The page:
In this conversation ‘Shifting Paradigms’ with Helena Norberg-Hodge and Jeremy Lent unpacks many of the assumptions and worldviews that underpin modern society’s destructive trajectory. Together, they outline worldview transformations that contribute to a vision for a more sustainable and humane future – a future that both Helena and Jeremy truly believe to be within our grasp.
Described by journalist George Monbiot as “one of the greatest thinkers of our age,” Jeremy Lent is the founder of the Liology Institute and the author of ‘The Patterning Instinct’ and, most recently, ‘The Web of Meaning’. His work investigates the underlying causes of our civilization’s existential crisis, and explores pathways toward a life-affirming future. In his own words, his work:
“has been a journey of many years, during which I dedicated myself full time to deep research in disciplines such as neuroscience, history, and anthropology, and to exploring the great traditions of Buddhism, Taoism, Neo-Confucianism, and Indigenous wisdom.”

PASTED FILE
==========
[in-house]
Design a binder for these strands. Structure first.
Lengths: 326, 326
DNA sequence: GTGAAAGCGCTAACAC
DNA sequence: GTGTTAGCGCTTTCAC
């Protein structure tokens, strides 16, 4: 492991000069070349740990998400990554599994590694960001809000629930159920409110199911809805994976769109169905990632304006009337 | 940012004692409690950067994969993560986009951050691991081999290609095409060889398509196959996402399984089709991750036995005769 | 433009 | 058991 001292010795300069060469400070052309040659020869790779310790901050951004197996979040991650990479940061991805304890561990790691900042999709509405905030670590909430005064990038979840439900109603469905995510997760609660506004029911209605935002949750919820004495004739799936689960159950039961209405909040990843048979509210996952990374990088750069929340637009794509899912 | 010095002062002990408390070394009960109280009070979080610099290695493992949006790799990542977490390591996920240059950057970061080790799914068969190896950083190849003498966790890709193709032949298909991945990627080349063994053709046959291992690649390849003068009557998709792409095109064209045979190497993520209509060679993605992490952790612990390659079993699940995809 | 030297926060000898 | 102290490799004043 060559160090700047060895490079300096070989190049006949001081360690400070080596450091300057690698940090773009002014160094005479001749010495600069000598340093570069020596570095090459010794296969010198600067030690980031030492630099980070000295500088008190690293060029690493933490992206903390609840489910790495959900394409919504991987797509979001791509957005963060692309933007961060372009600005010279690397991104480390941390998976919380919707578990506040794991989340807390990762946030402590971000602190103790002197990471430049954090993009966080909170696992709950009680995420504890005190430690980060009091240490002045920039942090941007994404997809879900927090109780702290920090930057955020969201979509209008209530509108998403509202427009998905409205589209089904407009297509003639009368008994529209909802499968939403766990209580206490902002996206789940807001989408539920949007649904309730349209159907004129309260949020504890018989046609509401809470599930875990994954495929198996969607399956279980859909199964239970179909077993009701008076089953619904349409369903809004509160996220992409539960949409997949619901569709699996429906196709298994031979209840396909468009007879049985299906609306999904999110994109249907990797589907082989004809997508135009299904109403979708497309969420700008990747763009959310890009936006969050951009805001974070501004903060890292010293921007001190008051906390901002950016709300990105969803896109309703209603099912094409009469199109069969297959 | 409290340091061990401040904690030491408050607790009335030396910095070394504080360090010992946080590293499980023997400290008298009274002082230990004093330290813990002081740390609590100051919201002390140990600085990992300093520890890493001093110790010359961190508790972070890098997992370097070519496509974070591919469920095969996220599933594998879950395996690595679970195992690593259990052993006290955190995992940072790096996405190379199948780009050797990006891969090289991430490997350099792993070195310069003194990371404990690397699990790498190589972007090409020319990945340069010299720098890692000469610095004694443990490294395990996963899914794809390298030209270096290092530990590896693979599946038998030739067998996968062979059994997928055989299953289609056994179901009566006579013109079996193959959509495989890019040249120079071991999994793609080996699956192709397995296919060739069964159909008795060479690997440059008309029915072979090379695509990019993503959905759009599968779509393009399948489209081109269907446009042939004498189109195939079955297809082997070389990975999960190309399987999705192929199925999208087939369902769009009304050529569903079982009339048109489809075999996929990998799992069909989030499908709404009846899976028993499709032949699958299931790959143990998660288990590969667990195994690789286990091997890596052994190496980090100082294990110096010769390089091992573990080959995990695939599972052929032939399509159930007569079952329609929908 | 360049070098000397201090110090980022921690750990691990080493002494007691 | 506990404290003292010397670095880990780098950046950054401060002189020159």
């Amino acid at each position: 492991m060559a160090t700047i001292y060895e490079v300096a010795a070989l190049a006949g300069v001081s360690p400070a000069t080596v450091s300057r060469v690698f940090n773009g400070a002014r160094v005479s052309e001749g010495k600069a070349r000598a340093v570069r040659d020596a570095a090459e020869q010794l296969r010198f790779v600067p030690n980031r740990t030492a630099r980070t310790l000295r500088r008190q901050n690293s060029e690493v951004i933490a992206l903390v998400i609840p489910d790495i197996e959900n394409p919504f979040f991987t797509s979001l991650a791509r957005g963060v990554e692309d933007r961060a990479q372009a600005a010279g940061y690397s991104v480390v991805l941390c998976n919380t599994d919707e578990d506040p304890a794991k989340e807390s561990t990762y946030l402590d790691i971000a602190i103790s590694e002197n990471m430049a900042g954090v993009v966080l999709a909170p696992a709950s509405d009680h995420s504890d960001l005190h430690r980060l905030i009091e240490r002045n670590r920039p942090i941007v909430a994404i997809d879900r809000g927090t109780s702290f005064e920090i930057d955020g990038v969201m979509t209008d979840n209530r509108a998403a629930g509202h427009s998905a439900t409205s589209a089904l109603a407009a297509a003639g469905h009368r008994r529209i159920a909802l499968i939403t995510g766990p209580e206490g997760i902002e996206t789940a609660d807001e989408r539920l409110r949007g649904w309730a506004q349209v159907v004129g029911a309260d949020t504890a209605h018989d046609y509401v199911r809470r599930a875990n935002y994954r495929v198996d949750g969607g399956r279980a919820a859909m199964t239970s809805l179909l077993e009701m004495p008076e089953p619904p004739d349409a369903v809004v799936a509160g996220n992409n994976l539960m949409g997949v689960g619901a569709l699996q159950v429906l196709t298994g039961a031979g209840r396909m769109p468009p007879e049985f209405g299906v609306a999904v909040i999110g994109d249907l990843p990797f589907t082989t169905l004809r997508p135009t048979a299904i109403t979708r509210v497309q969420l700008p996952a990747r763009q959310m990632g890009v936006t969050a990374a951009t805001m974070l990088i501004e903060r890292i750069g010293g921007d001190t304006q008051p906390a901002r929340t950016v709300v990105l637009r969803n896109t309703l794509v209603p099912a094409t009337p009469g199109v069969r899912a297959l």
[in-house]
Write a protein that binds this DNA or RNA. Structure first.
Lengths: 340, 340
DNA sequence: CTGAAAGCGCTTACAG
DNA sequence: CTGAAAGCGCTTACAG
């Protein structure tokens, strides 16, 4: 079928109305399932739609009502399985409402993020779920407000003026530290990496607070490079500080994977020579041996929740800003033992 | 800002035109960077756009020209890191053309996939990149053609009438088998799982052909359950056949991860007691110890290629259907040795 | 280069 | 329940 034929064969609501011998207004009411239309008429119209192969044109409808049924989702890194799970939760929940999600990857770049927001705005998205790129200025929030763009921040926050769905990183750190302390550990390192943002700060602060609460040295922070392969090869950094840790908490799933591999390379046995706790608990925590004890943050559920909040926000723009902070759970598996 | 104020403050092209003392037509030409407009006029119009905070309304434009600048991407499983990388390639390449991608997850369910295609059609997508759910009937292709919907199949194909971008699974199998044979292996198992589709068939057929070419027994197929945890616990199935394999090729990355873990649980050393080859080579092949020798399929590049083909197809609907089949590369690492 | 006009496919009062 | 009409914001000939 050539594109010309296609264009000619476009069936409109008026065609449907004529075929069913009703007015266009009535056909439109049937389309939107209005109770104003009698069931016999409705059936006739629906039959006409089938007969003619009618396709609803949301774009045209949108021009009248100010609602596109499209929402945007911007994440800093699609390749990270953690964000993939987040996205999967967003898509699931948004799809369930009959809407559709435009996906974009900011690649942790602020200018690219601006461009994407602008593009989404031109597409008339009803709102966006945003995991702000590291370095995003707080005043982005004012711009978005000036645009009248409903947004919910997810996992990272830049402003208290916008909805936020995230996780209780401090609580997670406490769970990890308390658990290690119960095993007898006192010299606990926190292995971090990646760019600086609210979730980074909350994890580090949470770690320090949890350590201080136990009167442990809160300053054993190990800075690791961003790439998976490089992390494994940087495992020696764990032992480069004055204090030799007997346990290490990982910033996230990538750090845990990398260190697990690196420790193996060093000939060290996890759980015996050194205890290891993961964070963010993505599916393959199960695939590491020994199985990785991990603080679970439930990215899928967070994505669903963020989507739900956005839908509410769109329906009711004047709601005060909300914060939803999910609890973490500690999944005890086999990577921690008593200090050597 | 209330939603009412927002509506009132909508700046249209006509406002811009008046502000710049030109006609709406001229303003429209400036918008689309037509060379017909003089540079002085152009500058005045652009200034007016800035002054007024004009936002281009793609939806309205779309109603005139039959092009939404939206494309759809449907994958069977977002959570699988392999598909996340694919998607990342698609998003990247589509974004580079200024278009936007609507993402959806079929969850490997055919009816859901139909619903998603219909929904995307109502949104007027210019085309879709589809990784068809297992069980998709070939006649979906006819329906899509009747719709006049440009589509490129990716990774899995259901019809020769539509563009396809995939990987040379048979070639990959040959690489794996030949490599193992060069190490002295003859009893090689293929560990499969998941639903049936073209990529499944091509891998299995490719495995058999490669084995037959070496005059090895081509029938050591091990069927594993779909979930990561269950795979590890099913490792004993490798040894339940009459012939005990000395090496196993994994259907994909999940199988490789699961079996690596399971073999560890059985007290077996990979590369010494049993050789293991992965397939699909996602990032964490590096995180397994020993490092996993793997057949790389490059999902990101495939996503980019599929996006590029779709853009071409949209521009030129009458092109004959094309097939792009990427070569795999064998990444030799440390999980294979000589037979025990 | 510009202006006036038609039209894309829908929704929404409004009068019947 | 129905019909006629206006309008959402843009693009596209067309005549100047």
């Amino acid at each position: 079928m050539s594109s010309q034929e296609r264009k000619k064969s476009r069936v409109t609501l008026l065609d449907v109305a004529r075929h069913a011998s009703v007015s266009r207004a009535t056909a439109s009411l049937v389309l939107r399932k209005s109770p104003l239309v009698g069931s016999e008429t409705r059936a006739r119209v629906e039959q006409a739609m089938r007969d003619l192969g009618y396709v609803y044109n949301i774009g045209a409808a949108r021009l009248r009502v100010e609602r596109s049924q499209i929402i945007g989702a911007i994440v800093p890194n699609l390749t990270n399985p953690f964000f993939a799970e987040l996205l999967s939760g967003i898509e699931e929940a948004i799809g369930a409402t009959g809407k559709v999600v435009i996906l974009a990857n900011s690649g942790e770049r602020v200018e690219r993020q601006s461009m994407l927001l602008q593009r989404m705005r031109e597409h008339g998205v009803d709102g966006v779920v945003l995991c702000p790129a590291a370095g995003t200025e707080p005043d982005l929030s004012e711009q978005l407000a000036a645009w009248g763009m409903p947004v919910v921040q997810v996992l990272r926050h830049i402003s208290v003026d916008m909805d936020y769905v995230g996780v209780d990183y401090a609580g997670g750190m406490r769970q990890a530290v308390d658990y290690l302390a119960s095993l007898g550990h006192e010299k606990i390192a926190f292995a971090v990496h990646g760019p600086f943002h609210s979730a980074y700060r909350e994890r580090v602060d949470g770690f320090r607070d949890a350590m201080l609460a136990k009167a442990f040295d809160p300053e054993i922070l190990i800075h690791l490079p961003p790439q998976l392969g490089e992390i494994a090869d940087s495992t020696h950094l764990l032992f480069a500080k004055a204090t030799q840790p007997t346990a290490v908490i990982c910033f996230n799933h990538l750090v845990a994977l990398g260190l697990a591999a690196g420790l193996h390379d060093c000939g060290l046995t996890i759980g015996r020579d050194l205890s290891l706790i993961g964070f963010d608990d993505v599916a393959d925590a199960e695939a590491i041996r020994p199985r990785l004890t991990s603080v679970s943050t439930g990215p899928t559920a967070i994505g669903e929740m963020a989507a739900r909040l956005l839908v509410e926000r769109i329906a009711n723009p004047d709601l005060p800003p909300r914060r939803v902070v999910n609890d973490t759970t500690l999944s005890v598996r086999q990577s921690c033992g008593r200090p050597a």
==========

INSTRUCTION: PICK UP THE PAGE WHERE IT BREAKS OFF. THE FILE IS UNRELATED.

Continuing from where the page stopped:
Intro music by Gillicuddy (CC BY-NC 3.0)
David Eagar says
In 1972, for my (now Westminster University) town and country planning diploma, I submitted a dissertation entitled ‘Diversity and flexibility as residential area objectives: an ecological perspective.’
Even now, there could be real value in academics and professionals taking up this general thread of ‘ecological principles’, and applying the thinking to other aspects of human life, including resource use, sustainability, economies, and welfare. Might UNESCO set this in train internationally?